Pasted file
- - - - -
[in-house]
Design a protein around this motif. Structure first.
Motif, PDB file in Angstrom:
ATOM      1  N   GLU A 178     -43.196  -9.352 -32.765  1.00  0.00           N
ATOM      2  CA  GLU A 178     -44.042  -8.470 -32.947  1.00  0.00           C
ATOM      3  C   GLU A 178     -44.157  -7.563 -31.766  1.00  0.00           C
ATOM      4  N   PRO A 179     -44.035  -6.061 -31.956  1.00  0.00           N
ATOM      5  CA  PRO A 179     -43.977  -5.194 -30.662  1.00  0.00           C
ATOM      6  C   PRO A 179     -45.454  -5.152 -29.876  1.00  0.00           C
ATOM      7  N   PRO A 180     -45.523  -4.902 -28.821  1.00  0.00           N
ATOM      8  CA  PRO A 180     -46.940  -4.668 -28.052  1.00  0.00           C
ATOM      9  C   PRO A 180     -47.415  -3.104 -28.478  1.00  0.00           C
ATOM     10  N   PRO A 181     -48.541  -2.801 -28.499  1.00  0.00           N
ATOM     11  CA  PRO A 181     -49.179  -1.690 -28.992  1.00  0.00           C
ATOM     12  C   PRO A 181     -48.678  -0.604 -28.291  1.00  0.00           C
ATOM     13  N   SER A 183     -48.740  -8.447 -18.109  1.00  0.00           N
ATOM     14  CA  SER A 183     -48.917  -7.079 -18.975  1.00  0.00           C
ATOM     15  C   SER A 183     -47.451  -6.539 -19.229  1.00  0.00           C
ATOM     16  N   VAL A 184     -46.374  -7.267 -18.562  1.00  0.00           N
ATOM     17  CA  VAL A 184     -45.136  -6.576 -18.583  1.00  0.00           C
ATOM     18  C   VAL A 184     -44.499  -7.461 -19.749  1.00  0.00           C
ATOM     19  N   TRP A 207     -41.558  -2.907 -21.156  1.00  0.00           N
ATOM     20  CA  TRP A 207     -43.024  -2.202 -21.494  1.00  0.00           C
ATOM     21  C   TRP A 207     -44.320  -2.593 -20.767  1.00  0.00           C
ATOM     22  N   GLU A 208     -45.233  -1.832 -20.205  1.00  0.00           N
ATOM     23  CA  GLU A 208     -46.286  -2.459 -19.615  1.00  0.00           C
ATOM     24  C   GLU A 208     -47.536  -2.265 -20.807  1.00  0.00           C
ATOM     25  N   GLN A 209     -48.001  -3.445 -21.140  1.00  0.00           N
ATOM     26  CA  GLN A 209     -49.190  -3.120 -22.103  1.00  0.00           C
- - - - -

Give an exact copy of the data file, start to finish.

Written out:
[in-house]
Design a protein around this motif. Structure first.
Motif, PDB file in Angstrom:
ATOM      1  N   GLU A 178     -43.196  -9.352 -32.765  1.00  0.00           N
ATOM      2  CA  GLU A 178     -44.042  -8.470 -32.947  1.00  0.00           C
ATOM      3  C   GLU A 178     -44.157  -7.563 -31.766  1.00  0.00           C
ATOM      4  N   PRO A 179     -44.035  -6.061 -31.956  1.00  0.00           N
ATOM      5  CA  PRO A 179     -43.977  -5.194 -30.662  1.00  0.00           C
ATOM      6  C   PRO A 179     -45.454  -5.152 -29.876  1.00  0.00           C
ATOM      7  N   PRO A 180     -45.523  -4.902 -28.821  1.00  0.00           N
ATOM      8  CA  PRO A 180     -46.940  -4.668 -28.052  1.00  0.00           C
ATOM      9  C   PRO A 180     -47.415  -3.104 -28.478  1.00  0.00           C
ATOM     10  N   PRO A 181     -48.541  -2.801 -28.499  1.00  0.00           N
ATOM     11  CA  PRO A 181     -49.179  -1.690 -28.992  1.00  0.00           C
ATOM     12  C   PRO A 181     -48.678  -0.604 -28.291  1.00  0.00           C
ATOM     13  N   SER A 183     -48.740  -8.447 -18.109  1.00  0.00           N
ATOM     14  CA  SER A 183     -48.917  -7.079 -18.975  1.00  0.00           C
ATOM     15  C   SER A 183     -47.451  -6.539 -19.229  1.00  0.00           C
ATOM     16  N   VAL A 184     -46.374  -7.267 -18.562  1.00  0.00           N
ATOM     17  CA  VAL A 184     -45.136  -6.576 -18.583  1.00  0.00           C
ATOM     18  C   VAL A 184     -44.499  -7.461 -19.749  1.00  0.00           C
ATOM     19  N   TRP A 207     -41.558  -2.907 -21.156  1.00  0.00           N
ATOM     20  CA  TRP A 207     -43.024  -2.202 -21.494  1.00  0.00           C
ATOM     21  C   TRP A 207     -44.320  -2.593 -20.767  1.00  0.00           C
ATOM     22  N   GLU A 208     -45.233  -1.832 -20.205  1.00  0.00           N
ATOM     23  CA  GLU A 208     -46.286  -2.459 -19.615  1.00  0.00           C
ATOM     24  C   GLU A 208     -47.536  -2.265 -20.807  1.00  0.00           C
ATOM     25  N   GLN A 209     -48.001  -3.445 -21.140  1.00  0.00           N
ATOM     26  CA  GLN A 209     -49.190  -3.120 -22.103  1.00  0.00           C